CORROSION PROBLEM DURING ACIDIZATION IN OIL WELLS AND THEIR REMEDIAL STEPS
Dr. S. Vishwanathan Sir
Dept. of Applied Chemistry
Admn. No. 9520 Semester Vth
B. Tech. Petroleum Engineering
Methods of acidization
Corrosion during acidization job
- Acid corrosion (causes and mechanism)
Remedial steps to reduce corrosion
- Use of Arcasolve™ in Acidizing Processes
- Use of corrosion inhibitors
Acid treatments have been applied to wells in oil and gas bearing rock formations for many years. Acidizing is probably the most widely used work-over and stimulation practice in the oil industry.
By dissolving acid soluble components within underground rock formations, or removing material at the wellbore face, the rate of flow of oil or gas out of production wells or the rate of flow of oil-displacing fluids into injection wells may be increased.
Corrosion remains a major challenge to maintaining the integrity of both newly built as well as ageing facilities to cope with the escalating oil and gas production. The increasing use of secondary oil recovery has raised the levels of reservoir souring and water cut, thus necessitating more intricate material selection and corrosion control. The greatest challenges are at the subsurface level where environments are more severe and operational procedures, such as acidizing and cementing, have a greater impact on corrosion.
TYPES OF ACIDIZATION
Two primary requirements that an acid must meet to be acceptable as a treating fluid: (1) it must react with carbonates or other minerals to form soluble products, and (2) it must be capable of being inhibited to prevent excessive reaction with metal goods in the well.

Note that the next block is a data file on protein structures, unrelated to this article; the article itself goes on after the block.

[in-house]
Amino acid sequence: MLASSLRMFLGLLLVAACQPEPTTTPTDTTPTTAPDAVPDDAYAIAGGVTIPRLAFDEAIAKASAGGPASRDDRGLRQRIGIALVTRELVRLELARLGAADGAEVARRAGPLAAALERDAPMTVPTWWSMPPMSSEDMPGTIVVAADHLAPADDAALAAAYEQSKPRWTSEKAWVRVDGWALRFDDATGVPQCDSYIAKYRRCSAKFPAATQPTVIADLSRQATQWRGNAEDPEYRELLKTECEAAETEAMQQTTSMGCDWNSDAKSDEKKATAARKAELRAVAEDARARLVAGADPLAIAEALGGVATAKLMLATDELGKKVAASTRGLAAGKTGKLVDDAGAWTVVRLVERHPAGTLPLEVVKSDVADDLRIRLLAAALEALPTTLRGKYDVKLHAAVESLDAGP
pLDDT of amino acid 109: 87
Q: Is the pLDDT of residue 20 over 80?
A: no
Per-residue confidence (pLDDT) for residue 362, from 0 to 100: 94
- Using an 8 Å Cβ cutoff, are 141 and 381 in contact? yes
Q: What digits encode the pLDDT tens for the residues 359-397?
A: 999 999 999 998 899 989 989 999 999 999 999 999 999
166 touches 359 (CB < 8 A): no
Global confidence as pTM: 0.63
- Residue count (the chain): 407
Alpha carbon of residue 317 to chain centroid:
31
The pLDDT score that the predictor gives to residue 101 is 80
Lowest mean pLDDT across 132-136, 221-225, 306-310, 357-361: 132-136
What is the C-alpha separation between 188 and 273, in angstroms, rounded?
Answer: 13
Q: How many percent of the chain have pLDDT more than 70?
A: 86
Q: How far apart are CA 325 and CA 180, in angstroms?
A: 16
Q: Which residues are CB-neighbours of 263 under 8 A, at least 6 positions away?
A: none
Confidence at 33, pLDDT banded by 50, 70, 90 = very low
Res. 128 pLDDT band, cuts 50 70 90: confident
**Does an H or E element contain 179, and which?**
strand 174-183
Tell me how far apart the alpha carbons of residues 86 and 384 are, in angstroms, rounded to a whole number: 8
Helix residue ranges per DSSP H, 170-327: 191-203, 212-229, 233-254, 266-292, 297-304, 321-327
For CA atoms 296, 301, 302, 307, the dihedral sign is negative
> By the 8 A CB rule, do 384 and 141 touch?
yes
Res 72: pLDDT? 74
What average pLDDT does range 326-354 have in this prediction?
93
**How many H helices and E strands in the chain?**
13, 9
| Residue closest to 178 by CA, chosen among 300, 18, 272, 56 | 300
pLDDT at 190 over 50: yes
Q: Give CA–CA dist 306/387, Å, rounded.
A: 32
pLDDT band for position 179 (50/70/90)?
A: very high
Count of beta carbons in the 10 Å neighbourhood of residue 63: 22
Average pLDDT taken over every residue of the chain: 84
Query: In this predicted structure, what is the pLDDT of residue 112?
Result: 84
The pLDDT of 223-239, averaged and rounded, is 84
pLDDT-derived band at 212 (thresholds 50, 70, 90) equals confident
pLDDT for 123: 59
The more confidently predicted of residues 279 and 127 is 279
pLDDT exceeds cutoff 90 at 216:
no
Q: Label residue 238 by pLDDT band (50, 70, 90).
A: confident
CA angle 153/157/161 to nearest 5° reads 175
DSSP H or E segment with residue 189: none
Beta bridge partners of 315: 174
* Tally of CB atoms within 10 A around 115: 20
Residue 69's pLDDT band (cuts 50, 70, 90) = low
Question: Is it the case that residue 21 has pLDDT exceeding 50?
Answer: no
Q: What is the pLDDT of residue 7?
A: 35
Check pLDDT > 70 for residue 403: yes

Two basic types of acidizing operations can be conducted:
Sandstone matrix acidizing, employing mud acid systems, is a common operation in oil and gas fields. Matrix acidizing involves the use of acid injected at below fracture pressure. The main objective of this stimulation operation is 1. To remove near wellbore damage, caused by drilling and/or work-over operations, 2. To restore or, perhaps improve the permeability of near-wellbore formation. Typically, sandstone matrix stimulation involves three stages: (1) a pre-flush stage where an aqueous solution of HCl is injected to displace formation brine and dissolve any carbonates that may be present, (2) a mud acid treatment to dissolve silicious and damaging material, and (3) an after-flush where a solution of HCl is injected to displace the reaction products. Mutual solvents have been also used in the latter stage to restore wettability. Fracture acidizing, also known as acid fracturing is the most widely used acidizing technique for stimulating limestone or dolomite formations. In an acid fracturing treatment: A pad fluid is injected into the formation at a rate higher than the reservoir matrix will accept. This rapid injection produces a build-up in wellbore pressure leading to cracking (fracturing) of the rock. Continued fluid injection increases the fracture's length and width. Acid (normally 15% HCl) is then injected into the fracture to react with the formation and create a flow channel (by etching of the fracture surface) that extends deep into the formation. This allows more reservoir fluid to drain into the wellbore along the new fractures once the well is put back on production.
Acid antisludge additives are used to prevent sludge formation from crudes containing asphaltenes and iron, which occurs when asphaltenes and iron are encountered or introduce through the treatment. Asphaltene solvents solubilize deposits. There are also inhibitors available to aid in the prevention of those deposits. Dispersants are used to keep...
Please join StudyMode to read the full document